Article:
There were highs and lows, and moments of raw emotion when athletes pushed the limits and revealed their human vulnerabilities.
Deep into December, Formula One piled on drama and controversy as Red Bull’s Max Verstappen seized the world title by overtaking Mercedes’ seven-times champion Lewis Hamilton on the last lap.
Nothing was as intense, however, as those minutes that felt like hours when doctors worked to save the life of Denmark’s Christian Eriksen on the pitch during his side’s opening match of soccer’s European Championship.
His team mates gathered around him and looked on while millions of people watched on television after the midfielder collapsed.
Lionel Messi shed tears in his final news conference before his shock move from Barcelona to Paris St Germain after the club where he had spent his entire playing career could no longer afford his services.
Messi was playing for Argentina when Brazilian health inspectors rushed onto the field in the middle of the biggest soccer game in South America, suspending the World Cup qualifier over a COVID-19 quarantine breach by some players.
Athlete struggles with mental health also opened an important discussion.
In tennis, women’s world number one Naomi Osaka withdrew from the French Open, explaining she had been suffering from depression for almost three years and that her post-match media duties were affecting her mental wellbeing.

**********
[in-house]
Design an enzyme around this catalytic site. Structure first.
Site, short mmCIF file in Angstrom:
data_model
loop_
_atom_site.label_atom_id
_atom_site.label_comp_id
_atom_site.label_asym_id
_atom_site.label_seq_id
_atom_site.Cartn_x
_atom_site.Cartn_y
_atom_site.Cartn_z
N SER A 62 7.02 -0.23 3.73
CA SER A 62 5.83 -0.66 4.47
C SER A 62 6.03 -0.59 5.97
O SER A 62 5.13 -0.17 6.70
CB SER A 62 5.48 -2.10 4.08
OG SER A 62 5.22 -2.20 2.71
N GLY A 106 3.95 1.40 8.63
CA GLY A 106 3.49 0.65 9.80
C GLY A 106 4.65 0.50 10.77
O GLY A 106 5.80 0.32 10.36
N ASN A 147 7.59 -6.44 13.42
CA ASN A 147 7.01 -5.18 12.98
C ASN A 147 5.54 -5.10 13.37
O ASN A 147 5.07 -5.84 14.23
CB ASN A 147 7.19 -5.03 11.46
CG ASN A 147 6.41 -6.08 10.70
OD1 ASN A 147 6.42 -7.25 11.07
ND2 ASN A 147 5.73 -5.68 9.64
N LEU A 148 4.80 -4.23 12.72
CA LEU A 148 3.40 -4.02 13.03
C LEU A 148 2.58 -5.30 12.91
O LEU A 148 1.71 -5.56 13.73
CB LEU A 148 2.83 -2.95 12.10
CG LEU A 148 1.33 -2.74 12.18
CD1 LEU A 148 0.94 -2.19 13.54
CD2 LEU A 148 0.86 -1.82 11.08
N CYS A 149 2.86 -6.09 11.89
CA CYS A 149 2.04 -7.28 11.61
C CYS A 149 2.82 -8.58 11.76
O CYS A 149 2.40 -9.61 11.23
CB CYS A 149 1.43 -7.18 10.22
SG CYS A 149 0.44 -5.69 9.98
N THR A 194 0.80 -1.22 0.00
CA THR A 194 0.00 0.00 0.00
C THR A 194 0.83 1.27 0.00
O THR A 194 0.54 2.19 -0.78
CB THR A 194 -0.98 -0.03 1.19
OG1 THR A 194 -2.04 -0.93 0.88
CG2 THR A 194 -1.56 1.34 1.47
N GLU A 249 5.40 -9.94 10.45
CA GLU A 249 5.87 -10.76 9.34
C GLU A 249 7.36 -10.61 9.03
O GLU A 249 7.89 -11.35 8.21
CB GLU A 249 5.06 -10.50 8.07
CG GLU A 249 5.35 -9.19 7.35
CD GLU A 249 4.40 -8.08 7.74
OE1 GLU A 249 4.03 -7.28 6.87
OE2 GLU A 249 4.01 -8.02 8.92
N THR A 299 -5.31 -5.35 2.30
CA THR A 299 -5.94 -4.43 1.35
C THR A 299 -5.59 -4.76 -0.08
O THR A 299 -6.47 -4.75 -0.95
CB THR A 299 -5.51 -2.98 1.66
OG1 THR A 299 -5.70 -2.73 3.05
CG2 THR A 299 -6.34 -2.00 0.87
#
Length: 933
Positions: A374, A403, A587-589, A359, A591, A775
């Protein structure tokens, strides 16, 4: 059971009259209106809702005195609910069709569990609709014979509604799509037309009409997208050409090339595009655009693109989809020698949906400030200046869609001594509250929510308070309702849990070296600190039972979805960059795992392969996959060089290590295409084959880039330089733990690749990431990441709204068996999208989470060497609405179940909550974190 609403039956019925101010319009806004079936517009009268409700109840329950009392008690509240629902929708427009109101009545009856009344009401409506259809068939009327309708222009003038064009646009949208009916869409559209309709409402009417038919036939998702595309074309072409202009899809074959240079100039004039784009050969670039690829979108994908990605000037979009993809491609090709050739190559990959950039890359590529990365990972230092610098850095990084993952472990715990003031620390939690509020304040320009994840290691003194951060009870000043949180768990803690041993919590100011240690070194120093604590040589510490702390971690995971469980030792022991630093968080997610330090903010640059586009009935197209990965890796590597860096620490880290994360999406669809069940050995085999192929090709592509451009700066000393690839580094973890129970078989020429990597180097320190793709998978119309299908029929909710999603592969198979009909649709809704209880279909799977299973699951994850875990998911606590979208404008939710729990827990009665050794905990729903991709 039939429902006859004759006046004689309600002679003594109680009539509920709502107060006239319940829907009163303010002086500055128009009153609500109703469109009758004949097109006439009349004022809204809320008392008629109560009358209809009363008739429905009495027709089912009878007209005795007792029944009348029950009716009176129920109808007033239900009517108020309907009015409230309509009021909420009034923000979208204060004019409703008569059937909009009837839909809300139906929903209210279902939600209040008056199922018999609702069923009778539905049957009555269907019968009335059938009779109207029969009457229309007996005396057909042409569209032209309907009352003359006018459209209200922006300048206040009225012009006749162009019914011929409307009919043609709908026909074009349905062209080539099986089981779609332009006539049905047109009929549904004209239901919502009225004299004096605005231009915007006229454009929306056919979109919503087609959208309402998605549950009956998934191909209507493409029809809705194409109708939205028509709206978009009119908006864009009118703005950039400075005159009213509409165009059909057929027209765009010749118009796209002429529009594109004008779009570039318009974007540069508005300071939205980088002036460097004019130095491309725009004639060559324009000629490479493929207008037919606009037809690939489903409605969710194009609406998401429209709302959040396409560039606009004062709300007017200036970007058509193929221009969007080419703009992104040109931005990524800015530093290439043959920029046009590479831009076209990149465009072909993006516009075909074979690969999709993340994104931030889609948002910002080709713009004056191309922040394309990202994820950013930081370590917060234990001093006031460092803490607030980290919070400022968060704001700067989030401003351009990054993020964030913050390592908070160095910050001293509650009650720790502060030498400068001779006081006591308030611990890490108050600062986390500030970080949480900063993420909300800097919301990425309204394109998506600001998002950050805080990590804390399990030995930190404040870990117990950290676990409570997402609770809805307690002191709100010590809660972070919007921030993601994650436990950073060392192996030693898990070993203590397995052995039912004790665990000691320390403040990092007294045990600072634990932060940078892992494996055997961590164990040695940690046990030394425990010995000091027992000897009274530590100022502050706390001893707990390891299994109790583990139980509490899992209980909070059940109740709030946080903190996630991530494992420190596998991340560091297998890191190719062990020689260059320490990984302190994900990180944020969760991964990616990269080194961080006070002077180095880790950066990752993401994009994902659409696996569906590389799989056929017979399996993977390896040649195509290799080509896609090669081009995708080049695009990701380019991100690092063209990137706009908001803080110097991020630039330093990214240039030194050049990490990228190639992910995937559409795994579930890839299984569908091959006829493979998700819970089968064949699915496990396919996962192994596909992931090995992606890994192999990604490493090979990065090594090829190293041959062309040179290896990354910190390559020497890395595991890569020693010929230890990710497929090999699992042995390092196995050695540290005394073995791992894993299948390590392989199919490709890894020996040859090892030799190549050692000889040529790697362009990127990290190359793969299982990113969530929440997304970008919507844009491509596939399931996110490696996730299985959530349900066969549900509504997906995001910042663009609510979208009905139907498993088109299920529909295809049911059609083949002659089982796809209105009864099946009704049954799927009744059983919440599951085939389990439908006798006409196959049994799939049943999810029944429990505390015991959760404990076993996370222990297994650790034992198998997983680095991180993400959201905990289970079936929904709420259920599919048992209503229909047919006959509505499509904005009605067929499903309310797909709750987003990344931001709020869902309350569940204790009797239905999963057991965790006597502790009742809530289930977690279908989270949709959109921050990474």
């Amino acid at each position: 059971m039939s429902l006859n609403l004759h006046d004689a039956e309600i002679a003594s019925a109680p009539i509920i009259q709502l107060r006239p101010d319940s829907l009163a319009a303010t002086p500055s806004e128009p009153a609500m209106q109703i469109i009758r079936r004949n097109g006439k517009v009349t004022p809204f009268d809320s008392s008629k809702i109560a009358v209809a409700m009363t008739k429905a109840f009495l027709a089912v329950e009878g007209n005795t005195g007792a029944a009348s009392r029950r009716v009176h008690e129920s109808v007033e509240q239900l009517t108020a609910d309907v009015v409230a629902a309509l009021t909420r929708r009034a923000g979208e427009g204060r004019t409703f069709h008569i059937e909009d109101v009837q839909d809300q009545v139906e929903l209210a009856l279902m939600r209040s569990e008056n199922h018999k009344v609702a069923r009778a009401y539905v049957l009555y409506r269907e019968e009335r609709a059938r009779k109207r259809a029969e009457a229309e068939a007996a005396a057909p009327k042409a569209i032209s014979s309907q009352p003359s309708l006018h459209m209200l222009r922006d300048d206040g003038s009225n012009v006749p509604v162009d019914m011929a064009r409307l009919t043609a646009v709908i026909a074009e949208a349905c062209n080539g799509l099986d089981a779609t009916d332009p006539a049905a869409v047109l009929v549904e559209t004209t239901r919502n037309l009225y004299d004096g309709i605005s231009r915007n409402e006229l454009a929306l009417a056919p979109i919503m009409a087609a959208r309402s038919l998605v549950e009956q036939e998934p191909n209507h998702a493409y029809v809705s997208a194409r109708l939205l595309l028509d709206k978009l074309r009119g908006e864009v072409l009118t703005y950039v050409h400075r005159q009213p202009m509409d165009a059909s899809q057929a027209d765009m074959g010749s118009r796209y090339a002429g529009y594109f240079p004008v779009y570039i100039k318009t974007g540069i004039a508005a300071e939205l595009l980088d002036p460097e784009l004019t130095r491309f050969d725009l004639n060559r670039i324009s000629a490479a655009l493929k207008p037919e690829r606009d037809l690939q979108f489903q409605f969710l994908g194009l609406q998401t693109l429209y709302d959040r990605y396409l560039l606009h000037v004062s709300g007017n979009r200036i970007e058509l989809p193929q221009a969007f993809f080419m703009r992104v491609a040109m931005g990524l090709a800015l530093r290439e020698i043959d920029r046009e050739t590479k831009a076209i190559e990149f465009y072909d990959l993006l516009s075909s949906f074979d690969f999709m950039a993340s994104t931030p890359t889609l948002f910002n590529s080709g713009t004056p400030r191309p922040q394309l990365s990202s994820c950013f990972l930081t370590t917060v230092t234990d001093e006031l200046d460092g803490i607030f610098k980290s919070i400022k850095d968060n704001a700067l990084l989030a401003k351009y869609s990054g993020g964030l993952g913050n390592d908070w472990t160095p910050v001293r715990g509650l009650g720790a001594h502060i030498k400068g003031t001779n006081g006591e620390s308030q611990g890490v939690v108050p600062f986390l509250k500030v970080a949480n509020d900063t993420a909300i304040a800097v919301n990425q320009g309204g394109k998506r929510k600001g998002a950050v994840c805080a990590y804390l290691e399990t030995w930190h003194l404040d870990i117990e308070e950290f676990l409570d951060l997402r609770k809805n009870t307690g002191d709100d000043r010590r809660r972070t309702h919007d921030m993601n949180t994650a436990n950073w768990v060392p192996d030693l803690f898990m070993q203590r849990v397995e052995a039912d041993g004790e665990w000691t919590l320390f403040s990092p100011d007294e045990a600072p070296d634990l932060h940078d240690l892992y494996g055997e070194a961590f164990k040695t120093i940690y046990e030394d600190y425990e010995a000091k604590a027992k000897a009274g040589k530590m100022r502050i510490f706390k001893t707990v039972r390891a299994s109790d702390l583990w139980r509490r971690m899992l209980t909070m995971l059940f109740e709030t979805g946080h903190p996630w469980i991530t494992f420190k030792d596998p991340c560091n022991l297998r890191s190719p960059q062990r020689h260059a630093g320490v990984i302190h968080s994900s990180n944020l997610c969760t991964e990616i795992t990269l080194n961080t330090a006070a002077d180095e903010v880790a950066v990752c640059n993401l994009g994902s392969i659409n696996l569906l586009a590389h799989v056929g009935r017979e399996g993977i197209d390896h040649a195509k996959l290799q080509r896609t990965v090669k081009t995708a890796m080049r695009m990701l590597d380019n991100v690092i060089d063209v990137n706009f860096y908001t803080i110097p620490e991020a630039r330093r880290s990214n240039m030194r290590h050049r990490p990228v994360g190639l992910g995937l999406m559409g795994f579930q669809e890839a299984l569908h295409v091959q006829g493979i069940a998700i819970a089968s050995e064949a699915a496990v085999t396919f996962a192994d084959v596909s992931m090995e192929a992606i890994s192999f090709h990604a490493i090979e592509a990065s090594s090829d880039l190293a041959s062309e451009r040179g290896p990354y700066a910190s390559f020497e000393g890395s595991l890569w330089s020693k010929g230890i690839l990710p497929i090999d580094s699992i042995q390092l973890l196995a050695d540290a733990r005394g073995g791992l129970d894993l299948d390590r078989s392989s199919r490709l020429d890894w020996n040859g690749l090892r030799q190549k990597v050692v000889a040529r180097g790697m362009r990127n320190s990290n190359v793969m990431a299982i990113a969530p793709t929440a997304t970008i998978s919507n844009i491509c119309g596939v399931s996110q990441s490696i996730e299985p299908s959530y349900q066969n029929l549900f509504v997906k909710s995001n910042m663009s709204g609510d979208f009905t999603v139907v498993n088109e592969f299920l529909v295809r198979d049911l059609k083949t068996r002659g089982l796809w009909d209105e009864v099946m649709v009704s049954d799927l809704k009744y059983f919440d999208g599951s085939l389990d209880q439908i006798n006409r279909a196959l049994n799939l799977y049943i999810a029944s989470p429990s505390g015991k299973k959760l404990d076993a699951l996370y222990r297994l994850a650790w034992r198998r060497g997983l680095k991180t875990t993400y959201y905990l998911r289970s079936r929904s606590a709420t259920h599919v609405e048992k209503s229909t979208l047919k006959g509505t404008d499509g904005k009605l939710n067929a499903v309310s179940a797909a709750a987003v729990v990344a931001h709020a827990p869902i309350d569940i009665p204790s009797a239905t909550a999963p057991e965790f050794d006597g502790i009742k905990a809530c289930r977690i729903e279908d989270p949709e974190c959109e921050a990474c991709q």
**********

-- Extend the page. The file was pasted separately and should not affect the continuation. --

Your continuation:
Then it was U.S. gymnast and gold medal favourite Simone Biles dropping out of competition amid the pressure of being the Tokyo Olympics‘ biggest star.
Those Games also provided amazing moments that only the biggest sports events can deliver.
Qatar’s Mutaz Essa Barshim and Italy’s Gianmarco Tamberi earned World Athletics’ inspiration award after persuading organisers to let them share the high jump gold.
Norway’s Karsten Warholm destroyed the world record to take gold in the men’s 400 metres hurdles, one of the all-time great Olympic races.
Tennis world number one Novak Djokovic’s meltdown in the Tokyo semi-finals and the U.S. Open final will also live long in the memory as the Serbian lost his chance to win the Golden Slam.
Emma Raducanu aced her championship point to complete a fairytale at the U.S Open as the 18-year-old became the first qualifier to win a Grand Slam title and the first British woman to win a major since 1977.
Former world doubles number one Peng Shuai’s assault allegations against a former Chinese vice-premier and subsequent disappearance resulted in the Women’s Tennis Association suspending tournaments in China with political implications.
In February, Tiger Woods was rushed to a Los Angeles hospital after suffering multiple injuries when his car went off the road, leading to surgery and a long period of rehabilitation.
NFL great Tom Brady continued to defy time at 43 years old as he led the Tampa Bay Buccaneers in a 31-9 thrashing of defending champion Kansas City Chiefs to win his seventh Super Bowl in his first season after leaving the New England Patriots.
Cricket also produced a couple of “wow moments” late in 2021.
New Zealand’s Ajaz Patel became the third bowler to take 10 wickets in a test innings, against India, and the Ashes began with a bang as Australian Mitchell Starc clean bowled England’s Rory Burns with the first ball of the series.
It was the first time that had happened in an Ashes series in 85 years, and certainly a “wow moment” — although it might not have been the biggest of surprises since it was also the unfortunate Burns’s sixth test duck of the year.